— Is there any doubt any more how big a disaster the Jabulani has been? Goals by each round of game:
2010 WORLD CUP GOALS PER GAME as of 6/28 2pm PST
Overall: 2.24 goals per game*. 121 goals, 54 games thusfar.
Round 1: 1.50 goals per game. 24 goals, 16 games.
Round 2: 2.63 goals per game. 42 goals, 16 games.
Round 3: 2.13 goals per game. 34 goals, 16 games.
Knockout stage: 3.50 goals per game. 21 goals, 6 matches thusfar.
Nice work, FIFA. Nothing like making your most valuable commodity substantially less exciting for the relative chump change earned by unveiling a “special” ball just a few months ahead of the tournament.
— Updating the TWER World Cup pool, “Auburn F.C.” by C. Fuhrmeister is on top. Yours truly might be able to make a push if my Netherlands team can top Brazil in the quarters; I think Brazil are actually legitimate tournament favorites at this stage, but I couldn’t bring myself to both the U.S. and the Dutch out before the semis. But if Robben can work some early magic and force Brazil to chase just a bit, and the Dutch coach will get his head out of his behind long enough to get Eljero Elia on the field for more than 20 minutes …
— Lastly, there’s been a lot of general griping about this Cup, what with the dull early round of games and the collapse of the officiating later on, but 1. we’ve still seen a ton of fascinating matches, haven’t we? The drama of U.S.-Slovenia, Nigeria-South Korea, Cameroon-Denmark, Slovakia-Italy, Serbia-Australia, the shocks of Switzerland-Spain and New Zealand-Italy, the stylishness of Germany against the Aussies and English, of Argentina against Korea. And now we’ve got Netherlands-Brazil, Argentina-Germany, and an almost certain semifinal between the Spanish and whoever emerges from the ARG-GER match. Honestly, what more do the pundits want?
*This aspect has been overplayed if you ask me; whatever the perennially unreliable FIFA rankings might tell you, Uruguay was always the heavy favorite in the U.S. quadrant. They’ve got an airtight, athletic defense and arguably the best pair of strikers in the tournament in Forlan and Suarez. They play so infuriatingly consersative they might suckered into a 1-0 or 1-1 penalties match vs. Ghana, but the way the U.S. backline was playing all tournament, there wasn’t that much of a chance they were going to keep Suarez and Forlan off the scoresheet. Is it an opportunity missed? Yeah, since as good as they are, Uruguay still aren’t Brazil or Germany or Spain or Argentina. But it’s not quite as good an opportunity as it’s been portrayed in some outlets.
**If Bradley was fully, stupidly committed to leaving Dempsey in the midfield, there weren’t any particularly appetizing options. Herculez Gomez wasn’t built to start, as he showed against Algeria, and Edson Buddle has never accomplished anything for the Nats. They were still both better options than Findley by light years, but Bradley didn’t have any easy option here, to be fair.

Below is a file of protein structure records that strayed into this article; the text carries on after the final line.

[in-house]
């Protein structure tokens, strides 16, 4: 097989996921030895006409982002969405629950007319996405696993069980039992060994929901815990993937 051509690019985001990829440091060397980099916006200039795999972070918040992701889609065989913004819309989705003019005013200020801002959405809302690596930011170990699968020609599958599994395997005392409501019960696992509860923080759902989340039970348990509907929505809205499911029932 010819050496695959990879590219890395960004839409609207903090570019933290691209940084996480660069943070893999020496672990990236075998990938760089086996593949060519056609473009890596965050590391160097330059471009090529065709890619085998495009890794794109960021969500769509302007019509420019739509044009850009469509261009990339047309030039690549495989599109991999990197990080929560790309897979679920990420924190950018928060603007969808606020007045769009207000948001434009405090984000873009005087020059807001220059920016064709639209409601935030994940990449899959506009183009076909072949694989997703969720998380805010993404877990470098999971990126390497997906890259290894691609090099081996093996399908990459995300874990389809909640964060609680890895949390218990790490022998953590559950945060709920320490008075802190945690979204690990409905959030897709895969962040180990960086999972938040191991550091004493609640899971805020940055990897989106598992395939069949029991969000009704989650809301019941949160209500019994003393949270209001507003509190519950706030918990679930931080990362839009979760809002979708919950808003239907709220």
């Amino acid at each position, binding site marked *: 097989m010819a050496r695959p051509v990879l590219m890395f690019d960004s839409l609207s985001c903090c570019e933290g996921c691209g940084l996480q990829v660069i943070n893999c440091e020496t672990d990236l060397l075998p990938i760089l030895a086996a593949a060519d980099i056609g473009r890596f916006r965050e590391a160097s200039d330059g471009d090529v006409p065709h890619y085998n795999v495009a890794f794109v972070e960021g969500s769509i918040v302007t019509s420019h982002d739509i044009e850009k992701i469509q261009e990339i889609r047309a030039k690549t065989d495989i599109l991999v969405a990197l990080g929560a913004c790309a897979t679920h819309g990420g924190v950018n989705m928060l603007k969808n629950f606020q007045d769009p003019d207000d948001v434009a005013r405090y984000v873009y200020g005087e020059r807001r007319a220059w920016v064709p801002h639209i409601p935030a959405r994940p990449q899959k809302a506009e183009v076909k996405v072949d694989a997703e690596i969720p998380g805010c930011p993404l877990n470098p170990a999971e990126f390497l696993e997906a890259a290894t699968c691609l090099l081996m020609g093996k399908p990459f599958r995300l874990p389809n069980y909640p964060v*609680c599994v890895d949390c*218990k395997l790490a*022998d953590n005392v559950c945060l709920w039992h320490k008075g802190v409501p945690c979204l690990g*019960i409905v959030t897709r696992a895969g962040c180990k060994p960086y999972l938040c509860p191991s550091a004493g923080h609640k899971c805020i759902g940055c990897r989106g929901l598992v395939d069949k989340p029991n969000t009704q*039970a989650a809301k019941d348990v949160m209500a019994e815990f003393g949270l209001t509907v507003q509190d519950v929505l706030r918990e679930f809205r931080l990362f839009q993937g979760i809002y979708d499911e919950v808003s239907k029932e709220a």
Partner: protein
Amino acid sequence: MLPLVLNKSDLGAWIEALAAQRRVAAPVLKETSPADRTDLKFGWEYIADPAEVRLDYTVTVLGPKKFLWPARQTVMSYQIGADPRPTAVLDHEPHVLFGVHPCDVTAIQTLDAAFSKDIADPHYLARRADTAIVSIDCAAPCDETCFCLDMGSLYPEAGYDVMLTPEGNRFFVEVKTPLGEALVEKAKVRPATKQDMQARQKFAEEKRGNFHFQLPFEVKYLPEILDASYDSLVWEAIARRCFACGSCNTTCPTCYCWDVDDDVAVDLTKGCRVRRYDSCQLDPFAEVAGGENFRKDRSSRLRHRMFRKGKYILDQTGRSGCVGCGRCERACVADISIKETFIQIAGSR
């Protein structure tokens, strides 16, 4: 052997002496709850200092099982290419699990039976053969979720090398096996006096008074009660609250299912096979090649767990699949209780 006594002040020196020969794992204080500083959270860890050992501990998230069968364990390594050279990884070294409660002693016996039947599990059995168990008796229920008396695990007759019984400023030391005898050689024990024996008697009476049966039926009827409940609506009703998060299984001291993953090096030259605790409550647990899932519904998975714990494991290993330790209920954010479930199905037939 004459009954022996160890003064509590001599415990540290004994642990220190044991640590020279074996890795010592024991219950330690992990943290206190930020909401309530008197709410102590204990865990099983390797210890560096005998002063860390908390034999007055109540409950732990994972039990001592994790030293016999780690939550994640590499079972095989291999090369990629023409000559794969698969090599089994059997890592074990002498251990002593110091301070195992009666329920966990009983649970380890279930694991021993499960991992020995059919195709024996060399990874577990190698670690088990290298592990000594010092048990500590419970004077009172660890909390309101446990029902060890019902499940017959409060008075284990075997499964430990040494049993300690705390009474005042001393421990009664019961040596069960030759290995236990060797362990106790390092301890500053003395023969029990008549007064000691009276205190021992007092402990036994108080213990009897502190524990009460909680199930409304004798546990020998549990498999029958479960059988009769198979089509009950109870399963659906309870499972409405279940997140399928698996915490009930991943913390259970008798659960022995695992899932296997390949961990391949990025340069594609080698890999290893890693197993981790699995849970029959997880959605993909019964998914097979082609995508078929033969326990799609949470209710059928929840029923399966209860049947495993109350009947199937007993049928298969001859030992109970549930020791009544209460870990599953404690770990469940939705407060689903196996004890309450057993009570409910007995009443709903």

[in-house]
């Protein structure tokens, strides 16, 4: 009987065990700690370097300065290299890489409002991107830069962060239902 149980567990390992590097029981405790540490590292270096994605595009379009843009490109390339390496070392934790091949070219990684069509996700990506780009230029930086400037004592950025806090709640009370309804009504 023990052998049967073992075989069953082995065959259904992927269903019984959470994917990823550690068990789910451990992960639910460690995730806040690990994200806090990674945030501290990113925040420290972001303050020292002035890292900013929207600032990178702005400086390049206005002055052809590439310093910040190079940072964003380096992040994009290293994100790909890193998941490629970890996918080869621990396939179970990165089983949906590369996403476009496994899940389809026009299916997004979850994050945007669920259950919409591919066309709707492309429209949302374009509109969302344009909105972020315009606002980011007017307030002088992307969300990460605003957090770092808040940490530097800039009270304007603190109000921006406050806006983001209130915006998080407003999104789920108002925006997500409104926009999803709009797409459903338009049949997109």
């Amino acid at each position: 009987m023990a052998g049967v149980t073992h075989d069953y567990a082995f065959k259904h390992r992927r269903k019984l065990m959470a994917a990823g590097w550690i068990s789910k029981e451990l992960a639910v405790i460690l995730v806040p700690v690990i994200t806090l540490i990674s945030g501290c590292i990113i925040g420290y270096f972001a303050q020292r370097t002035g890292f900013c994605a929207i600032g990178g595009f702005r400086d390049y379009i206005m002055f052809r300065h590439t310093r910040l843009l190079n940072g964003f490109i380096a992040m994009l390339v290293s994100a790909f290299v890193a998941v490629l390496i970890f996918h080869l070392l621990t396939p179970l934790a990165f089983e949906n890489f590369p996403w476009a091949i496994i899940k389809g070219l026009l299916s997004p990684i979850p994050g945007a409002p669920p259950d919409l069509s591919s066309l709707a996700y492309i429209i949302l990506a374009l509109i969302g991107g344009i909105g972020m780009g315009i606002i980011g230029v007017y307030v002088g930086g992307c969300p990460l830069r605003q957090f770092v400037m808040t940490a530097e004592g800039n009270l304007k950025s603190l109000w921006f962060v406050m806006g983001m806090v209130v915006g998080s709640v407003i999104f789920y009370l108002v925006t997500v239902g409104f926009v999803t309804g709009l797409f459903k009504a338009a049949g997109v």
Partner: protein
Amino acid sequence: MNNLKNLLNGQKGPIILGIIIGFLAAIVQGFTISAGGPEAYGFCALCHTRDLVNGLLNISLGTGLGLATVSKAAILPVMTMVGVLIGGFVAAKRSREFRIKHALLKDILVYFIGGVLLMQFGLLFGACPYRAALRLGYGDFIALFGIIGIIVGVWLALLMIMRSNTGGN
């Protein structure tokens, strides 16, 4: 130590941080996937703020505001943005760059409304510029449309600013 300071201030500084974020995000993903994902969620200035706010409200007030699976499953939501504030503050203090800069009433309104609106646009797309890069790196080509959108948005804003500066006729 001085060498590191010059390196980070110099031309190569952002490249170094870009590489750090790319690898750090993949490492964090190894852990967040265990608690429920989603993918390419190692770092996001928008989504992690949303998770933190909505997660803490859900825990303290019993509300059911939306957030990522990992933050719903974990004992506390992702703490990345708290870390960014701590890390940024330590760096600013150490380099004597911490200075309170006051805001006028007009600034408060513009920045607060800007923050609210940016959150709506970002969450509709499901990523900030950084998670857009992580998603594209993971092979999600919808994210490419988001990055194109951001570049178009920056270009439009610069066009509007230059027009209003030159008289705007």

***Yet another Yes, but: it’s worth remembering that even the Confed Cup run started with two hideous losses to Italy and Brazil, the second with Bradley choosing to start both the woefully out of form Damarcus Beasley and Sacha Klejstan in midfield. Both were beyond terrible, and I finished watching the Brazil game convinced Bradley needed to be fired immediately. If the Egypt and Spain wins proved how much potential the team had, the start of that tournament showed how much potential Bradley possessed for crippling the team via poor lineup decisions. My assumption was that he could/would get away with a couple of iffy choices vs. England and Slovenia and then correct them in time for Algeria. This was terribly, terribly wrong.
Whichever organization that heads up the USMNT needs to take ever ycent it has and throw it in the direction of Roy Hodgson or Harry Redknapp, particularly Redknapp. I’m not the biggest fan of Harry, especially after bolted out of Pompey twice, but the man knows how to manage a team and what better way to say “Fook you FA!” than come manage the US team. Of course getting him to leave Spurs now would be a feat…
On Saturday, my 19 yr. old son came into the house after returning from watching the USA game with friends with the following statement: “I’m so done with soccer.”
Redknapp would be great, but here’s a dollar that says the English hire him after their two big foreign hires crapped out. Hodgson I don’t know well enough to have a firm opinion, but I guess the Americans he’s coached at Fulham have done pretty well under his tutelage.
tiger7, oh, he’ll be back in four years. Heh.
Might the USSF make (another?) run at Klinnsman? He’s a brilliant mind, both generally and footbally. Further, having lived in the States for twelve years, he understands the way culture and politics comingle here. Given the time and resources, he strikes me as one of the few people with the charisma and pr finesse to help grow the game here even while the Nats struggle for the major WC breakthrough. I guess what I’m arguing is that maybe he should be the chief executive of the USSF, not USMNT’s HC. Or maybe hc then ex.dir. Either way, klinnsman would be perfect.
Klinsmann would be my first choice. But I think he’s almost everyone’s first choice.
One of the big problems with enticing any non-American to take the job, though, is that you have to wait almost two years before anything truly important happens. There’s next year’s Gold Cup, but … c’mon. It’s the Gold Cup. Is Klinsi really going to want to wait around that long to coach in a game that matters? To spend that much time scouting the likes of MLS and various Scandinavian leagues? I’d hope so, but we’ll see.
In the time since the Ghana game, I’ve had time to think about it and what it felt like. I have two comments:
1. As amazing as that video is, and the moment of Donovan scoring was, it ultimately just prolonged the team by one game. It was eerily similar to something Auburn fans experienced earlier this year: